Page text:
For better or worse...our moments of "drama" are part of the whole of living in this world. And, thankfully, we can sometimes be spectators on the sidelines of "drama-rama" without actually getting in the fray. If we're lucky...

On Cruelty

Last night, I went to see the movie "You Again" with Jamie Lee Curtis, Sigourney Weaver, Betty White, and a host of other actors that I know. The premise was that there was a girl who made one of the characters' life miserable in high school...and the rivalry never went completely away. The characters scrapped it out in funny and predictable ways...and most of us would recognize one or the other of the characters...the tormentor or the tormented.

I think that everyone at some point in time has encountered cruelty. Maybe it was an offhand comment that unintentionally took root in our hearts, a snubbing because we couldn't keep up, or obvious bullying. Maybe we just thought that someone was weird, had cooties, or was so out of the mainstream that we just couldn't accept them...not realizing that a few years later - in college - that there was a different lifestyle in every dorm room. Or maybe we were new to a school in a small town, had some label attached to us because of the behavior of someone related to us, or were so sure that everyone was out to get us that it eventually became a self fulfilling prophecy.

We've all encountered it, though. On one side or the other...or both.

I know that some people have a stronger need to be in the spotlight than others. Negative attention is better than no attention at all, and so they will play along with whatever other people are dishing out. I remember junior high and seeing one poor unfortunate soul getting the brunt of almost everyone's disdain. Some of it he brought on himself, but I have to say that I'm convinced that the majority of it...he did not. He was just very different and not particularly friendly. I don't know why one kid is picked out to be swallowed by the masses, and why perfectly nice children feel the need to pick on the weakest one. But they do...and this happens. What children don't know...but adults that for most of is a hidden shame that we carry around for having participated in such behavior. And there is rarely anything that you can do to make it better. Except teach your children well and hope that they don't participate when that test lies before them or stopping it when you see it.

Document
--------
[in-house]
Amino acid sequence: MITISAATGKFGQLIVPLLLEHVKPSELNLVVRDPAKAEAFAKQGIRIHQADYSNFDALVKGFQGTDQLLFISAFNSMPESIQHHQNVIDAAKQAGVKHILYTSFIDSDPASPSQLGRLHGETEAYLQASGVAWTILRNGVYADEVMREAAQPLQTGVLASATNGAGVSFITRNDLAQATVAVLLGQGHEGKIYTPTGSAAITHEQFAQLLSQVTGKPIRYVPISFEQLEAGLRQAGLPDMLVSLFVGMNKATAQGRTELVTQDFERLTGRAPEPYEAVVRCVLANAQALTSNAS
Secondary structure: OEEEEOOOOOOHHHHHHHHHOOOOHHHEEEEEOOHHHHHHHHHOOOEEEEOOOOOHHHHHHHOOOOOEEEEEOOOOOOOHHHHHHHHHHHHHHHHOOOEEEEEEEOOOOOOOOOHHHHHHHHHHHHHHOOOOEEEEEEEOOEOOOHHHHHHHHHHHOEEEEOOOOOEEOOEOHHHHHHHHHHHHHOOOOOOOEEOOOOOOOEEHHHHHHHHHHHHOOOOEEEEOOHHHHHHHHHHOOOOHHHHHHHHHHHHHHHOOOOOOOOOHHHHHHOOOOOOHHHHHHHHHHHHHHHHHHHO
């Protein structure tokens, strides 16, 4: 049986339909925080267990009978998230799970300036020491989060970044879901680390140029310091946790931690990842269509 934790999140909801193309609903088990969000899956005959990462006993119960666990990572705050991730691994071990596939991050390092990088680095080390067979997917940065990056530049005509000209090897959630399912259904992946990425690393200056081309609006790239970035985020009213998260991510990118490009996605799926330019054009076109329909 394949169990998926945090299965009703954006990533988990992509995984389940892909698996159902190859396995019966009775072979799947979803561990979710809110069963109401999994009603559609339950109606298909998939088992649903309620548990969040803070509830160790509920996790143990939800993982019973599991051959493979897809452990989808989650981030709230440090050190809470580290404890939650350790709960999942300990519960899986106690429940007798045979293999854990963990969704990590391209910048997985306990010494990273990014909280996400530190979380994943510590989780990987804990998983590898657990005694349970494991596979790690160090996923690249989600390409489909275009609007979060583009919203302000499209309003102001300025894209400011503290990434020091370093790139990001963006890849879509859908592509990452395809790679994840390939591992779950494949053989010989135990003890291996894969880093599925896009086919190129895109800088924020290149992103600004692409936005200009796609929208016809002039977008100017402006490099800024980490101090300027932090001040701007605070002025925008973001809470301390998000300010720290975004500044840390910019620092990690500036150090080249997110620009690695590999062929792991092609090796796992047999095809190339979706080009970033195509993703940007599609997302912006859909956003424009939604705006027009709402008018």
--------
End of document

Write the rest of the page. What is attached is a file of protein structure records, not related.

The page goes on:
Other times, there are people that stand out due to natural gifts, abilities, or just pure chance. The Homecoming Queens, star football players, and whiz kids who get scholarships to wherever they choose to go. Some of the time, these lucky few are such wonderful people that people love and respect because they are more star-struck than envious. But sadly, for most, they live a little isolated because their success means that the jealous souls who surround them feel free to try to knock them down a peg. Or two.

In the "girl world" the cruelty can be devastating. Cases have recently gone to court because a girl dared to have a boyfriend that someone else laid claim to or because she was so different that everyone felt it was fine to dump on her. Usually, these cases do not end well, and end up in the national spotlight. The pain that they cause is just unnecessarily cruel. Then, when something awful happens, it just keeps on coming because the ones who are participating in this behavior are so far in that they can't even see the error of their ways. And they think it is hilarious to see them get what they "deserve". As if they are adequate judge and jury.

Sadly, sometimes parents get on the bandwagon. Someone makes a mistake early or is just too much of a threat for their daughters...and she gets labeled. You want to knock a girl out of competition for anything? Call her a slut, and then attempt to back it up with a little bit of circumstantial evidence. Whether it is true or not true...nobody really cares. The deed is over. If the mistake is large is all that anybody really remembers about her.

Most people feel their hearts ripped out of their chests if they see an animal who is the victim of cruelty. Locally, a man went to prison for a very long time for pain he inflicted on a dog he owned. Everyone felt that the punishment fit the crime. And I'm not arguing that.